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CBC Digi-Hub Blog



Designing for meaningful engagement with Digital Health Interventions

By Artur Direito, on 20 April 2018

By Kathleen Ryan, PhD student, University College Cork, Ireland

Digital health interventions (DHIs), are health promotion attempts, delivered primarily through the internet (‘eHealth’) and through mobile devices (‘mHealth’). They hold promise in preventing and treating a host of lifestyle diseases, as they can be delivered in a scalable, cost-effective, timely and convenient manner. But they also suffer from the ‘Law of Attrition;’ the observation that, in any digital health trial, a substantial proportion of users drop out before completion or stop using the application.

This is a serious issue, as DHIs cannot live up to their promise and improve health if they are not used. No matter how well-crafted and evidence-based the intervention, active ingredients proven to effect health behaviour change simply cannot work if the technological components that house them are not accessed by participants. As such, lack of adequate engagement with DHIs poses a barrier to evaluating the effectiveness of these interventions.

But why don’t participants engage with these interventions? There can be many reasons. One qualitative study found that those who dropped out of an eHealth intervention reported their low motivation came from frustrating technology, irrelevant and incomprehensible content, prioritisation of other activities and the lack of face-to-face encounters. This speaks to two factors influencing disengagement: 1. Technology-related issues and 2. Person-related (e.g. their beliefs, cognitions and values).

Participants give up their precious time to take part in research. Researchers therefore owe it to participants to design effective interventions that are in line with their values, user-friendly and even enjoyable – placing the least possible burden on participants to achieve a ‘win’ in terms of health behaviour change (cue the concept of ‘effective engagement’–  previously thoughtfully discussed on this blog – here and here).

But how can we do this? The first step is to adequately define what engagement is within the domain of each unique study. The second to apply a person-based, reflective design approach and the third is to implement helpful strategies in facilitating engagement.

“Engagement” is broadly defined in the scientific literature and refers to two separate but related phenomena. The first is DHI usagemetrics– the process of quantifying participants’ use of digital components (where more use = more engagement). The second is subjective experience of engagement – something akin to attention, interest and how the person feels and thinks about the intervention (where more attention/ affect / enjoyment = more engagement).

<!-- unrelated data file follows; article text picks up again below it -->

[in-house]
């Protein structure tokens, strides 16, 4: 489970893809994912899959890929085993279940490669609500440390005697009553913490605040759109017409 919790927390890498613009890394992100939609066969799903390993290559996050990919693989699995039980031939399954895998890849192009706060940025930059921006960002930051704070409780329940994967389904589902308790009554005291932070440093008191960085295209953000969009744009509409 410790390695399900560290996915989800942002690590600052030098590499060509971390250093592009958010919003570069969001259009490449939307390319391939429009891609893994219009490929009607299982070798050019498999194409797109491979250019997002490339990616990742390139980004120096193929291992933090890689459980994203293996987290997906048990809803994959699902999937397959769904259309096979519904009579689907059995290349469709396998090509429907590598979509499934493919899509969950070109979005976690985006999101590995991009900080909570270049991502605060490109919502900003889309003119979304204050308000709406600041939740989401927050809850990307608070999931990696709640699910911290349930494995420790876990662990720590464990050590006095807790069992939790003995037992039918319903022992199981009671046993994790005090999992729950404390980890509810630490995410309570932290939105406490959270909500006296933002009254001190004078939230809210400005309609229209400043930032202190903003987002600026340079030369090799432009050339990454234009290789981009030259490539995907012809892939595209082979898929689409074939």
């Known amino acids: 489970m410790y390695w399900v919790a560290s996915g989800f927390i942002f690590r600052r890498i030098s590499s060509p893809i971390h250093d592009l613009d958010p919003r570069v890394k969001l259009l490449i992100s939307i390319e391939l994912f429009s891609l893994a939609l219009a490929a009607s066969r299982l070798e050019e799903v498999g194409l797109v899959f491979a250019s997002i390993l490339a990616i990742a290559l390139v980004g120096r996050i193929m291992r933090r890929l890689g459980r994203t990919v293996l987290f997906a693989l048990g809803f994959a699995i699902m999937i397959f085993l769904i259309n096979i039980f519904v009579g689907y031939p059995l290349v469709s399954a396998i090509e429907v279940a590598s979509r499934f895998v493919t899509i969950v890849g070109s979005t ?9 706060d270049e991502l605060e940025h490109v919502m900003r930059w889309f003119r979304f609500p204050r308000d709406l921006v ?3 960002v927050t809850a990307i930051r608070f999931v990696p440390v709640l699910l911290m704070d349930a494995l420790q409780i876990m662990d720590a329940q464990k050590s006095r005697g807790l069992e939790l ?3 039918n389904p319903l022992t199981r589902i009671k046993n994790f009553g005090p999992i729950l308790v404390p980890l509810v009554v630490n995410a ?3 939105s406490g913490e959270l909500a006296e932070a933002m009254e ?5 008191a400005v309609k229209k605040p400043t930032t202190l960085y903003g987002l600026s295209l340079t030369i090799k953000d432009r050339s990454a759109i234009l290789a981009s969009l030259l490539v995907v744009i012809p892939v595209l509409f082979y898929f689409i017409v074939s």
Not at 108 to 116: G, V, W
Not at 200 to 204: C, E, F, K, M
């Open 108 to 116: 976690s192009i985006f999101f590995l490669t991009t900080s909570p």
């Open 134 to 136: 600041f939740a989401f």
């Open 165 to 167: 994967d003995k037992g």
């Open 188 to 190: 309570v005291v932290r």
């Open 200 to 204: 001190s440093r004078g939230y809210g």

Both aspects of engagement should be explicitly defined, in relation to the specific target behaviour to be changed, the participant’s context, and the DHI technology used.

The design process needs to be reflective, asking- at what point do usage metrics constitute meaningful engagement? What type of experience will the participant have in using the DHI? How might they think or feel? We should aim to make every interaction meaningful. This is in the spirit of person-based approaches that systematically integrate the user in the design process and aim to make DHIs more effective by placing them at the heart of the intervention.

Another step in designing for meaningful engagement is to identify factors and strategies that may apply within the context of the study to help overcome barriers to engagement, e.g. this rapid review of factors that influence engagement in weight management. DHI technology needs to be easy to use with content that is easy to understand. Personalisation strategies can be used to provide content that is personally relevant and meets the specific needs of the user. The use of human contacts can allow for “supportive accountability” via remotely delivered prompts, social support and encouragement. These strategies may help in promoting meaningful and effective engagement.

Ultimately, we can see that fostering participants’ engagement with DHIs- to a meaningful level- can be a challenging but necessary task as we seek to establish the effectiveness and usefulness of DHIs. Considering the promise these interventions hold in terms of promoting health, it is worth investing in and designing them with the concept of meaningful engagement to the fore.


  • How might we measure “meaningful engagement”?
  • How might we tell if a lack of usage of a DHI technology is a sign of someone disengaging with a DHI or a lesson learned?
  • What other strategies can be used to promote “meaningful engagement”?


Kathleen Ryan

Kathleen Ryan is a third year PhD student in the School of Applied Psychology, at University College Cork, Ireland. Her PhD work takes a person-based approach to refining eHealth weight loss interventions to make them more personally relevant, engaging and effective. She is supervised by Dr Samantha Dockray and Dr Conor Linehan. Her research is supported by the Irish Research Council.

Email: Kathleen.ryan@ucc.ie Twitter: @kathleen_ryan33


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